Book Of Boba Fett Finale – Great Star Wars Moments And Strange Choices
The finale of The Book of Boba Fett debuted to bring a close to a season filled with amazing Star Wars moments but made some strange choices along the way. Some of the problem, perhaps, was the naming convention used for the series. It wasn’t The Mandalorian season 3, though the character did appear in almost half the episodes. Yet, this also wasn’t a series about Boba Fett either, at least not entirely. A few weeks ago, I wrote snidely that Disney ruined Boba Fett by actually putting a person in that iconic armor. Yet, at the end of this season the audience learns nothing new about Boba Fett since Chapter 4.
It’s clear from the finale, Lucasfilm wanted to use The Book of Boba Fett to help facilitate the rehabilitation of that character. In the prequel era, he’s a bratty kid. In the original trilogy era, he’s an empty shell of menace and possibility. In the sequel era, it’s not clear what sort of man he becomes. Dave Filoni, who along with Jon Favreau guides this Disney+ Star Wars universe, is a much bigger fans of the Legends Expanded Universe material than George Lucas was. He may be trying to put Boba Fett where fans of a certain age thought he belonged: ruling the Mandalorians. Or maybe this is just the sophomore slump of serial Star Wars storytelling on TV.
We’re about to get in serious spoiler territory. So, if you’ve not seen The Book of Boba Fett, I’d say it’s worth your six hours. There are enough great moments that at least a few will land with you. Still, many of the choices made in the show might leave you confused or, even, angry.
The Book of Boba Fett Finale Missed the Chance for a Major Payoff
Image via Disney+
To be clear, I enjoyed every second of this show. If you are a Star Wars canon-obsessive who’s seen the movies, read the books, and watched the cartoons, it touches on all of it. Cobb Vanth first appeared in a novel. Ahsoka and Cad Bane both came from the cartoons. It seemed like more of the props were movie references than not. Yet, it’s fair to say that one should not need to be Star Wars lore expert to emotionally connect to a story. It’s one thing if you’re expecting a Boba Fett that you don’t get. It’s another thing entirely if the emotional core of the character is glimpsed but not fully revealed.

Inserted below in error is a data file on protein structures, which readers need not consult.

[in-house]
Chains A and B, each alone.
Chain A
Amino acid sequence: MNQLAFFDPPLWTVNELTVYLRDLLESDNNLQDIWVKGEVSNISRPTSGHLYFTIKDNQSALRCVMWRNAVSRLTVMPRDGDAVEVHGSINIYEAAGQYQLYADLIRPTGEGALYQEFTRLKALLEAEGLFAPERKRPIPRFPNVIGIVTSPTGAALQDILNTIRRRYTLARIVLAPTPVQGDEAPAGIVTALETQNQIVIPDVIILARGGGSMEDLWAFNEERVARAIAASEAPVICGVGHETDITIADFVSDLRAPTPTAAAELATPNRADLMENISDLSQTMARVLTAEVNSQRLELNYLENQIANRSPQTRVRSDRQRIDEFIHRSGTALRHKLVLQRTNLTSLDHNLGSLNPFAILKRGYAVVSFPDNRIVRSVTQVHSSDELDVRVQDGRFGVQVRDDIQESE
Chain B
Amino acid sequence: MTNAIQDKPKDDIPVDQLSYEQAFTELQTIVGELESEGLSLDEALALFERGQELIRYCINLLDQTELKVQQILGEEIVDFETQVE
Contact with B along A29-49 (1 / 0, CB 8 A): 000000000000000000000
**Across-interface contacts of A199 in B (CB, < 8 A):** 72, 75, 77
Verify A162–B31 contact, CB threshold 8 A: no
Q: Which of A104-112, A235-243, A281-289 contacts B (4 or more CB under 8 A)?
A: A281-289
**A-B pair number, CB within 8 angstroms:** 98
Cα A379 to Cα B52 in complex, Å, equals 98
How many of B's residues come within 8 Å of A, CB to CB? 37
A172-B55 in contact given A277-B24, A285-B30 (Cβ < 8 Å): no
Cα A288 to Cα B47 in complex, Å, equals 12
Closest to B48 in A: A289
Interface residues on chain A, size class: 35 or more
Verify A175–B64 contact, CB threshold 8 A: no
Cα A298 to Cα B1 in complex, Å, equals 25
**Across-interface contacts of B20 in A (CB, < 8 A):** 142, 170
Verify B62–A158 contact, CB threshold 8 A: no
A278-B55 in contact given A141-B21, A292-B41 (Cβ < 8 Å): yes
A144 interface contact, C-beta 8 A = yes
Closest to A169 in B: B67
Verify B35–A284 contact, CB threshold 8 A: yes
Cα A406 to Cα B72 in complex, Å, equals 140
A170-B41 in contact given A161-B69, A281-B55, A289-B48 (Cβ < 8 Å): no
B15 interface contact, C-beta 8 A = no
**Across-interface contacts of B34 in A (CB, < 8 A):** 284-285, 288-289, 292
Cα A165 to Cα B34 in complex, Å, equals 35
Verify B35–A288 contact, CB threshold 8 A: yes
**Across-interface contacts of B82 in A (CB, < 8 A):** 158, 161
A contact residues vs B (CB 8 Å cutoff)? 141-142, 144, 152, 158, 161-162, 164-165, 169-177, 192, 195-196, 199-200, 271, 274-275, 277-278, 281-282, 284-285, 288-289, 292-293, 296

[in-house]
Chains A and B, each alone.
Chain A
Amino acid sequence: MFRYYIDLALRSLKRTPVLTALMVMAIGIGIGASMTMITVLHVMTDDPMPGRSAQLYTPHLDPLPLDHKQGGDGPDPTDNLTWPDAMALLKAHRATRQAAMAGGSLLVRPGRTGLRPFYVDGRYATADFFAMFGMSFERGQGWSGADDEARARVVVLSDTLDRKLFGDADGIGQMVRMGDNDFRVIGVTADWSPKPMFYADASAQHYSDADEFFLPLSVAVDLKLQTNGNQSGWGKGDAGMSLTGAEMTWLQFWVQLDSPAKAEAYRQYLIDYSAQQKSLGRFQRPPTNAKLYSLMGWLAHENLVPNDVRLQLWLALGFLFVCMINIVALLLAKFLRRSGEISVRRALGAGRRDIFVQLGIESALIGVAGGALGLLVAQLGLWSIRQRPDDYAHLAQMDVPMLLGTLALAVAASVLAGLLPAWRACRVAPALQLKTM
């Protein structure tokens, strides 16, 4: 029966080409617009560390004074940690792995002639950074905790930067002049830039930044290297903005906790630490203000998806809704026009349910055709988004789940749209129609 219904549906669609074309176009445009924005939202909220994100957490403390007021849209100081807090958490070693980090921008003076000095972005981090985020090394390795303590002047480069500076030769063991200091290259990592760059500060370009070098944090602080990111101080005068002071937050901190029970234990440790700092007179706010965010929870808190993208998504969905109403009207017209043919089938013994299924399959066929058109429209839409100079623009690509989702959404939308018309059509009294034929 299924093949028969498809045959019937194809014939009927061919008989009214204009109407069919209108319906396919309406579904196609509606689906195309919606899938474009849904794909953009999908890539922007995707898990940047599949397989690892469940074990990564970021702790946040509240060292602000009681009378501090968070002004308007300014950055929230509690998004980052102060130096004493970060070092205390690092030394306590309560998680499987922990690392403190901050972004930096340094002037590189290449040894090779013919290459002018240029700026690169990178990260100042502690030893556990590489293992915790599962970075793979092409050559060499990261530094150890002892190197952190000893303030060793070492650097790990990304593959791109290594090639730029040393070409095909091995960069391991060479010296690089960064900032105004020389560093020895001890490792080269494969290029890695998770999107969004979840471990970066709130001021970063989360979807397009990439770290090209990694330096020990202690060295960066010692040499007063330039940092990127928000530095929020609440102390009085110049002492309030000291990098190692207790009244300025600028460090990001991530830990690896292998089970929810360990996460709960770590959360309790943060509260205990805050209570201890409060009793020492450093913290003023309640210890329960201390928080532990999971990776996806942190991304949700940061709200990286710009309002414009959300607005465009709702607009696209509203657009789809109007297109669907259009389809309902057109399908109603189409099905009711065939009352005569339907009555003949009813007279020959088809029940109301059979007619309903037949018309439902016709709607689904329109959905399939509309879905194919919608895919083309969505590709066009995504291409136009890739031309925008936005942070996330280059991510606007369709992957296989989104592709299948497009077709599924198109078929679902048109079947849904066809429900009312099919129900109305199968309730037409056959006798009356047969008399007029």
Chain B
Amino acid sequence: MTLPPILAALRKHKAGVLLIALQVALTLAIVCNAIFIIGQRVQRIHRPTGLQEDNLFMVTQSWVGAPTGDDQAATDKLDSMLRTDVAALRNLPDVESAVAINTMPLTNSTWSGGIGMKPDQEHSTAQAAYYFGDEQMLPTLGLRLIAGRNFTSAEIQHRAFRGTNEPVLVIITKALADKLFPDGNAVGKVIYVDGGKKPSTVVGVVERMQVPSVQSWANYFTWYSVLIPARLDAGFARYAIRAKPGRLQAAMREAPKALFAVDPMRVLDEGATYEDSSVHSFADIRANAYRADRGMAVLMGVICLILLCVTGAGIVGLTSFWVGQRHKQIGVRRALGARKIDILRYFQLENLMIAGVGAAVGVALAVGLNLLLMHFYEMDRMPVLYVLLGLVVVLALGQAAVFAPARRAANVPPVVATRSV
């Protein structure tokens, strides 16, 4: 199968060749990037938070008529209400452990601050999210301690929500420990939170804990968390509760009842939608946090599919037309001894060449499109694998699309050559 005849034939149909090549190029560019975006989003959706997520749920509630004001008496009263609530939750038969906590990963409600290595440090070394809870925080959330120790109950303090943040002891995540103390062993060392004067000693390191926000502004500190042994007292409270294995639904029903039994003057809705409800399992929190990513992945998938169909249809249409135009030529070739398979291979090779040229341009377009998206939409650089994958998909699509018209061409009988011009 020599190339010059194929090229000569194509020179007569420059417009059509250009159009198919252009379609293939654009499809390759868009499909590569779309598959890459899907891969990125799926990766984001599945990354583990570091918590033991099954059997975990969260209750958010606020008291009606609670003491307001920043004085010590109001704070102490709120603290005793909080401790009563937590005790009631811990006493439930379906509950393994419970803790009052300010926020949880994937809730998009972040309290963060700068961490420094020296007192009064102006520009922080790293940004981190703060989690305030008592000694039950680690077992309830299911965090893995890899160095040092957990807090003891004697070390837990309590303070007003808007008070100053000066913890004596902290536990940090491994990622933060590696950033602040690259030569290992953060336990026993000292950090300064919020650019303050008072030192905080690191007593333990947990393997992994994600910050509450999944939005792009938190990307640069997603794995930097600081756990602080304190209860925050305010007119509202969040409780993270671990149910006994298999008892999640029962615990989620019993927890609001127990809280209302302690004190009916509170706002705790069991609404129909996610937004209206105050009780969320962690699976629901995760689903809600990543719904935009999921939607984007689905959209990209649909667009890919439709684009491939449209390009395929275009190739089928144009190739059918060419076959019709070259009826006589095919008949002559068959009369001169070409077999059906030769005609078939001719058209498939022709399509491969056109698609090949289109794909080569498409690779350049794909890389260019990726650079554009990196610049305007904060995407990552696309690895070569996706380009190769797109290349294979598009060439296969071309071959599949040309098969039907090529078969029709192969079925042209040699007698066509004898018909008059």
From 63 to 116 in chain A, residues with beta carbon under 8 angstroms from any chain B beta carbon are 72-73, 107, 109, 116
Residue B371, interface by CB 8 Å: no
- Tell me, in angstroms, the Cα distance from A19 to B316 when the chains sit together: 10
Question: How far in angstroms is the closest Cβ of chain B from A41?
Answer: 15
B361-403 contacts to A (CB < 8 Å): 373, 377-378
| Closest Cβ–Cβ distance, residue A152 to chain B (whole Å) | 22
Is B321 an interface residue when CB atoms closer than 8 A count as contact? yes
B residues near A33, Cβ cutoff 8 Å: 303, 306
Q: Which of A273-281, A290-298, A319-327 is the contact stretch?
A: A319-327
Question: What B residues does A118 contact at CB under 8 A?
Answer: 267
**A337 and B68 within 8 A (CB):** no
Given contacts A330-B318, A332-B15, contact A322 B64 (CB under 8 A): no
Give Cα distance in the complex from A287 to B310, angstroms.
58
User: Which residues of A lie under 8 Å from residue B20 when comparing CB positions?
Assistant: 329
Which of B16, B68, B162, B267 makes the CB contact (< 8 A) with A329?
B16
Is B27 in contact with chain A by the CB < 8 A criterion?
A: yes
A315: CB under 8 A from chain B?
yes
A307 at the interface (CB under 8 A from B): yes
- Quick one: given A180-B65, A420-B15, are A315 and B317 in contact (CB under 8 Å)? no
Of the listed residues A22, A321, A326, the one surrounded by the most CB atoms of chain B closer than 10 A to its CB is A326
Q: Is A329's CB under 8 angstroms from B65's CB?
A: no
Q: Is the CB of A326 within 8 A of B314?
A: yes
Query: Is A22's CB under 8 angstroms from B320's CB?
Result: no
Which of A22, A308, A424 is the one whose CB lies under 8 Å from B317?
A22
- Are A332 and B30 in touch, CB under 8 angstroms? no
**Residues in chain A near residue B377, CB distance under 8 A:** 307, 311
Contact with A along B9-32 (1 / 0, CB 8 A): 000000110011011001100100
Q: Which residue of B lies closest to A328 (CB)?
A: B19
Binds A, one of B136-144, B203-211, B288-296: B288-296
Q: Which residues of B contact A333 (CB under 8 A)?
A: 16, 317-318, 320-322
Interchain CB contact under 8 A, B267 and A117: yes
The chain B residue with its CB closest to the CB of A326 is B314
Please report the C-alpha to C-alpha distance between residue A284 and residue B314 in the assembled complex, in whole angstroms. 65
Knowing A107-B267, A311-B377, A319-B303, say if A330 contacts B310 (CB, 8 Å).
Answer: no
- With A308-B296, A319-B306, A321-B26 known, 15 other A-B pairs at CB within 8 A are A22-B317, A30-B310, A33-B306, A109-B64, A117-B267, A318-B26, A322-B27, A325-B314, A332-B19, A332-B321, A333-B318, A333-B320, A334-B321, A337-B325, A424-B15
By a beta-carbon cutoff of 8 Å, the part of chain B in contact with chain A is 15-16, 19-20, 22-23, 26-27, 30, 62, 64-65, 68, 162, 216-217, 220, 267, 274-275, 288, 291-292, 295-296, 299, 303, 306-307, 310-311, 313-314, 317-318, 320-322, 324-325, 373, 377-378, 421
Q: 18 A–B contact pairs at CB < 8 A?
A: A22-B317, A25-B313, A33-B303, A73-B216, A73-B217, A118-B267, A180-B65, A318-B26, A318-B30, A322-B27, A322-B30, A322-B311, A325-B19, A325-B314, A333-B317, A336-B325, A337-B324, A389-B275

Next to The Mandalorian Returns and Luke Skywalker, Grogu, and Ahsoka, my favorite part of The Book of Boba Fett was the Tusken Raider story. Boba Fett is a man without a tribe, and he found one. It’s even revealed that the main villains, not the random speeder-bike toughs, are responsible for Boba Fett losing them. It’s honestly stunning to me that for a fight where they needed fighters, Boba Fett did not go back to the other Tusken clans and bring them into the fight. All seasons of the Star Wars TV shows have deepened our understanding of the Tusken Raider culture, beyond them being (literally) faceless baddies in the first film. (It also retroactively explains Boba Fett’s approach when met Din Djarin, a man respected by Tuskens.)
Even the arrival of Grogu felt like a missed opportunity. The reunion between him and his surrogate father was played for laughs in-between scenes of terribly one-sided fighting. (The jump-hug was sweet, I’m not a monster.) This show left a lot of emotional threads dangling as if they intentionally avoided them.
The End of the (First?) Season Is Reflective of the Disney+ Series as a Whole
Image via Disney+
When making Star Wars, sometimes you can’t win for losing. The general critical and fan consensus is we want stories that tell us something new and yet have the look and feel of Star Wars. The storytellers have to strike the right balance between hitting those nostalgia triggers and taking chances that surprise and delight us. The Book of Boba Fett feels like a series designed to subvert fan expectations. The two-episode detour into Din Djarin’s story especially feels like an attempt to do that and make this universe feel shared. They tried to have their something new and eat their nostalgia, too.
It worked for me, but I am always willing to meet Star Wars (more than) halfway. One shouldn’t fault a Star Wars story for not being the one you imagined in your head. Yet, I can at least understand why some fans might. For example, the choice Grogu has to make between the lightsaber and the beskar shirt. It feels like it flies in the face of what made Luke who is, that he used his connection to his loved ones to save people rather than destroy them. Also, there is the fact that Boba Fett lets so many people live. Again, this choice works for me, but this is the guy who even Darth Vader felt needed to show a little restraint.
I think this show was called The Book of Boba Fett because that’s a character name that brings eyeballs. It’s also the third or fourth time that Star Wars has told this kind of story. Though rather than drawing from Seven Samurai, this had a more Magnificent Seven feel to it. Ultimately, it’s a fun Star Wars romp, but it proves that the bar for these stories remains high.
The Book of Boba Fett, strange choices and all, is streaming on Disney+.
What did you think of The Book of Boba Fett finale and the choices the storytellers made throughout the season? Share your thoughts, reactions, and theories about where all this is going in the comments. Especially if your theory involves Boba Fett riding a mythosaur like in the Holiday Special.
Featured image via Disney+
Joshua M. Patton is a father, veteran, and writer living in Pittsburgh, PA. The first books he read on his own were comics, and he's loved the medium ever since. He is the greatest star-pilot in the galaxy, a cunning warrior, and a good friend. His book of superhero short stories, Tales of Adventure & Fantasy: Book One is available as an ebook or paperback from Amazon.